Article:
An accurate electrician job description can help you attract qualified candidates, speed up your hiring process, and grow your team.

Use this post as a guide, or download our electrician job description template to help you write a winning job posting and hire the best candidates for your electrical business.

In this post, we’ll cover:

Example of a job description for an electrician

Here’s an example of a residential electrician job description. You can use it as a starting point when you’re writing your own job description:

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Job summary for an electrician job description

The job summary is at the very top of the job description. Use this section to give the applicant a brief overview of your open electrician position.

In one or two sentences, answer the following:

  • What is the position title?
  • Who will the electrician report to?
  • What is the seniority level of the role (e.g., apprentice, journeyman, master electrician, electrical engineer)?
  • What will their general responsibilities be?

Electrician duties and responsibilities

Show applicants what they can expect from the role by listing in detail the day-to-day tasks the successful candidate will be responsible for.

To ensure you’re not forgetting anything, ask yourself the following questions:

  • What type of jobs does your electrical business primarily take on (e.g., residential, commercial, industrial, etc.)?
  • When will the candidate need to work (e.g., weekdays or weekends, mornings, afternoons, overnight)?
  • What kind of equipment will they need to operate (e.g., impact drill, reciprocating saw, circuit breaker finder, etc.)?
  • Are there any other non-electrical tasks they’ll be responsible for (e.g., in-person customer service, creating quotes, scheduling jobs, or invoicing clients)?

Electrician requirements and qualifications

Include any qualifications that applicants need to be eligible for your position. 

For example, if you’re writing an electrician assistant job description your ideal candidate may only require a valid driver’s license and an interest in the trade.

On the other hand, a journeyman electrician would require a certain amount of experience and a journeyman electrician license.

Here are some requirements and qualifications to consider:

Education, licensing, and training requirements 

  • Does your state or county have electrical licensing requirements? For example, electricians in Massachusetts must have a license to perform any electrical work
  • Will the successful applicant require a valid driver’s license to operate a work vehicle?
  • Should applicants be enrolled or have completed an apprenticeship program?

Skills and experience

  • How much/what specific experience should the electrician have?
  • Are there any physical requirements on the job (e.g., weight lifting capacity)?
  • What soft skills does the applicant need (e.g., math, communication, problem-solving)?
  • Will the applicant need to read and understand wiring diagrams, electrical schematics, or other technical diagrams?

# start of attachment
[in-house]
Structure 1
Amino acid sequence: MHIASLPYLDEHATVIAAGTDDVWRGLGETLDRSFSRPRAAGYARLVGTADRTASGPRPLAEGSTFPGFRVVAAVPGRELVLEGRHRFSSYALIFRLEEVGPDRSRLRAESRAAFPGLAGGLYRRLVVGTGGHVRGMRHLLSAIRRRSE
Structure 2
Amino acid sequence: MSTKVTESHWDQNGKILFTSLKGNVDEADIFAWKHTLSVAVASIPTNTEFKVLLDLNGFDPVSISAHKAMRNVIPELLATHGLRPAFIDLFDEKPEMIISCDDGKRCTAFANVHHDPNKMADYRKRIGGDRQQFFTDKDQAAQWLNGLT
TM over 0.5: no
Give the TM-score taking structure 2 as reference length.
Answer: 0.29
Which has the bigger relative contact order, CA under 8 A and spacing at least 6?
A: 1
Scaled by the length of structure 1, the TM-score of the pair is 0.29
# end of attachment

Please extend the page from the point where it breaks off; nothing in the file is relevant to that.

• What power tools, hand tools, or testing equipment will the electrical technician use on the job?

Pro Tip: To see what licensing your electricians need to work, Google [your state/county + electrician licensing requirements].

Electrician work hours and salary ranges

Tell your applicants exactly what shifts or hours they can expect to work. Letting potential hires know up-front about your work schedule will help you attract candidates who are available to work when you need them.

Then, include a salary range right on your job description to help set your candidate’s expectations and save you time from screening applicants who are out of your budget.

Providing a salary range also gives you the flexibility to pay your new hire based on their licensing, skills, and on-the-job experience. 

Make sure your electrician job description includes:

  • Whether the job is full-time or part-time
  • The number of working hours per week
  • A salary range or hourly rate range

On average, electricians earn $53,136 per year in the U.S. To find out how much you should be paying your electricians based on your state, their experience, and their qualifications, check out Jobber’s electrician salary guide.

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Why the applicant should work for your company

Here’s your chance to brag about your team and get prospective electricians excited about your business.

Make sure to include:

  • How long you’ve been in business
  • Your company’s mission statement and values
  • A description of your company culture
  • Why do your employees like working with you
  • Professional development opportunities
  • Any additional job perks for employees (e.g., health benefits, employee bonuses, paid time off)

READ MORE: How to build a business where employees want to work

How an electrician can apply for the job

Make sure applicants know exactly how they can apply for the role. Your instructions should include:

  • The email address they should send their application to
  • What to include in their email (like a resume and cover letter)
  • Your application deadline
  • Any additional information you’d like the applicant to provide (like references or shift preferences)

You can also use job boards like Indeed to let candidates apply through an online form.

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Attract great applicants with your electrician job description

When you write a job description that’s clear and concise, it’s easier to set expectations with applicants and attract the right electricians to your open role.

Now that you’ve created your electrician job description, you’re ready to post it online and prepare your list of interview questions to help you find the best electrician to join your team.

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